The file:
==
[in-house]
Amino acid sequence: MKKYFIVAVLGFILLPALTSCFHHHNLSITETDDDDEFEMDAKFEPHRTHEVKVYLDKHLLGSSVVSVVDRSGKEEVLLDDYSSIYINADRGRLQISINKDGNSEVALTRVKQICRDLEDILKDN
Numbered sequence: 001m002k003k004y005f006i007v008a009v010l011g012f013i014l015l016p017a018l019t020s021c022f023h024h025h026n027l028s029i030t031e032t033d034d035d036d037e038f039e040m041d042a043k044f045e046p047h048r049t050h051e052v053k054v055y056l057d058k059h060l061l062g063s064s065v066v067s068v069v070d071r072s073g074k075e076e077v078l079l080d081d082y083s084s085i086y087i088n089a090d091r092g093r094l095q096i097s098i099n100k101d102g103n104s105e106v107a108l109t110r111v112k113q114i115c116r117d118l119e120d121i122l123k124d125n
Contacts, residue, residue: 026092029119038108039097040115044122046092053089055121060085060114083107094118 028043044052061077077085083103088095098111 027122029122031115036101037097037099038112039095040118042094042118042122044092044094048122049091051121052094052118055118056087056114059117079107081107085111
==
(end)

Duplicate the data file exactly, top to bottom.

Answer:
[in-house]
Amino acid sequence: MKKYFIVAVLGFILLPALTSCFHHHNLSITETDDDDEFEMDAKFEPHRTHEVKVYLDKHLLGSSVVSVVDRSGKEEVLLDDYSSIYINADRGRLQISINKDGNSEVALTRVKQICRDLEDILKDN
Numbered sequence: 001m002k003k004y005f006i007v008a009v010l011g012f013i014l015l016p017a018l019t020s021c022f023h024h025h026n027l028s029i030t031e032t033d034d035d036d037e038f039e040m041d042a043k044f045e046p047h048r049t050h051e052v053k054v055y056l057d058k059h060l061l062g063s064s065v066v067s068v069v070d071r072s073g074k075e076e077v078l079l080d081d082y083s084s085i086y087i088n089a090d091r092g093r094l095q096i097s098i099n100k101d102g103n104s105e106v107a108l109t110r111v112k113q114i115c116r117d118l119e120d121i122l123k124d125n
Contacts, residue, residue: 026092029119038108039097040115044122046092053089055121060085060114083107094118 028043044052061077077085083103088095098111 027122029122031115036101037097037099038112039095040118042094042118042122044092044094048122049091051121052094052118055118056087056114059117079107081107085111